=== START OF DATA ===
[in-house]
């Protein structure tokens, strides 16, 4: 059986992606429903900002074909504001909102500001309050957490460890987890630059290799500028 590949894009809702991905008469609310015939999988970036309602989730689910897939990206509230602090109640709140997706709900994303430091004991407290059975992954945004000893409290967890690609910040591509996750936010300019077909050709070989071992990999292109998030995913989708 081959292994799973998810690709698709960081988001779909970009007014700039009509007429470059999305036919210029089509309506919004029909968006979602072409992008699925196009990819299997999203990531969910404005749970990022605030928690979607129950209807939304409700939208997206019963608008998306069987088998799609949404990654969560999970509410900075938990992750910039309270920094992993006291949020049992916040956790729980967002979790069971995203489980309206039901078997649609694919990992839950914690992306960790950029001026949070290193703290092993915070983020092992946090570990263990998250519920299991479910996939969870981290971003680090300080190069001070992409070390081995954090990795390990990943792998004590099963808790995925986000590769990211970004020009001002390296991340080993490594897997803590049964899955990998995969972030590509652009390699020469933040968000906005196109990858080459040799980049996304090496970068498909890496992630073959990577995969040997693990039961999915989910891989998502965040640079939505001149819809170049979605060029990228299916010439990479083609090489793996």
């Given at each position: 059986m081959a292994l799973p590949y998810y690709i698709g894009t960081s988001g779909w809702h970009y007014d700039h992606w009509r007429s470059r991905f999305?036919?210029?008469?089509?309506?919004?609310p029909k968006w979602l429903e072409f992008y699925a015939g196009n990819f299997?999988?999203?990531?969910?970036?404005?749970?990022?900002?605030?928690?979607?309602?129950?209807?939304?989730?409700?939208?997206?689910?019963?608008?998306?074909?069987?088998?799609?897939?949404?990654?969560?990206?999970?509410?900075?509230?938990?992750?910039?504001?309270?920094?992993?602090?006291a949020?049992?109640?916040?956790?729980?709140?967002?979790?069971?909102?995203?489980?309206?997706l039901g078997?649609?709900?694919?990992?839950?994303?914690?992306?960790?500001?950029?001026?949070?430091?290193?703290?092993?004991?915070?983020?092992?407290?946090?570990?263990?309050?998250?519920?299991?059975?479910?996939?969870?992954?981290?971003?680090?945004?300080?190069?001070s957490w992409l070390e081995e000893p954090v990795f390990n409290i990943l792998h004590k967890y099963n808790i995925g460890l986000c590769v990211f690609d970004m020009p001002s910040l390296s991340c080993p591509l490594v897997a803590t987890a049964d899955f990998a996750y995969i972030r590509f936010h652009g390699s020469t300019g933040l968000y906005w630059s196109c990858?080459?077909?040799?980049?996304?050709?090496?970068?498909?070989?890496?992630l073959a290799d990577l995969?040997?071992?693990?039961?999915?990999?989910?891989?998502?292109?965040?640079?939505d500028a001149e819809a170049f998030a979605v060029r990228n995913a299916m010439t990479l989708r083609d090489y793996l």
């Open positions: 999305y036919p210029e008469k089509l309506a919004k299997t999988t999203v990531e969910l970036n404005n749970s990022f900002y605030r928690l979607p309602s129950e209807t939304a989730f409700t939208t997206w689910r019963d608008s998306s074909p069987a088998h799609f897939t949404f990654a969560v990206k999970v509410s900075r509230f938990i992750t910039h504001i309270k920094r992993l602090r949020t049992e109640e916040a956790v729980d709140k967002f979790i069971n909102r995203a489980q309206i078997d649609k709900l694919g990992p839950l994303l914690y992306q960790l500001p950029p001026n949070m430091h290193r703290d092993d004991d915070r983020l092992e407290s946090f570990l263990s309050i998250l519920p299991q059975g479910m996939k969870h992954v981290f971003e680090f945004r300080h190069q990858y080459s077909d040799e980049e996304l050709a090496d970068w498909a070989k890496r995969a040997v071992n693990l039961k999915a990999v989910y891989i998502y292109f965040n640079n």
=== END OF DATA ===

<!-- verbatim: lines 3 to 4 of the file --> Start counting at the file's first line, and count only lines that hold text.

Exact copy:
């Given at each position: 059986m081959a292994l799973p590949y998810y690709i698709g894009t960081s988001g779909w809702h970009y007014d700039h992606w009509r007429s470059r991905f999305?036919?210029?008469?089509?309506?919004?609310p029909k968006w979602l429903e072409f992008y699925a015939g196009n990819f299997?999988?999203?990531?969910?970036?404005?749970?990022?900002?605030?928690?979607?309602?129950?209807?939304?989730?409700?939208?997206?689910?019963?608008?998306?074909?069987?088998?799609?897939?949404?990654?969560?990206?999970?509410?900075?509230?938990?992750?910039?504001?309270?920094?992993?602090?006291a949020?049992?109640?916040?956790?729980?709140?967002?979790?069971?909102?995203?489980?309206?997706l039901g078997?649609?709900?694919?990992?839950?994303?914690?992306?960790?500001?950029?001026?949070?430091?290193?703290?092993?004991?915070?983020?092992?407290?946090?570990?263990?309050?998250?519920?299991?059975?479910?996939?969870?992954?981290?971003?680090?945004?300080?190069?001070s957490w992409l070390e081995e000893p954090v990795f390990n409290i990943l792998h004590k967890y099963n808790i995925g460890l986000c590769v990211f690609d970004m020009p001002s910040l390296s991340c080993p591509l490594v897997a803590t987890a049964d899955f990998a996750y995969i972030r590509f936010h652009g390699s020469t300019g933040l968000y906005w630059s196109c990858?080459?077909?040799?980049?996304?050709?090496?970068?498909?070989?890496?992630l073959a290799d990577l995969?040997?071992?693990?039961?999915?990999?989910?891989?998502?292109?965040?640079?939505d500028a001149e819809a170049f998030a979605v060029r990228n995913a299916m010439t990479l989708r083609d090489y793996l």
């Open positions: 999305y036919p210029e008469k089509l309506a919004k299997t999988t999203v990531e969910l970036n404005n749970s990022f900002y605030r928690l979607p309602s129950e209807t939304a989730f409700t939208t997206w689910r019963d608008s998306s074909p069987a088998h799609f897939t949404f990654a969560v990206k999970v509410s900075r509230f938990i992750t910039h504001i309270k920094r992993l602090r949020t049992e109640e916040a956790v729980d709140k967002f979790i069971n909102r995203a489980q309206i078997d649609k709900l694919g990992p839950l994303l914690y992306q960790l500001p950029p001026n949070m430091h290193r703290d092993d004991d915070r983020l092992e407290s946090f570990l263990s309050i998250l519920p299991q059975g479910m996939k969870h992954v981290f971003e680090f945004r300080h190069q990858y080459s077909d040799e980049e996304l050709a090496d970068w498909a070989k890496r995969a040997v071992n693990l039961k999915a990999v989910y891989i998502y292109f965040n640079n």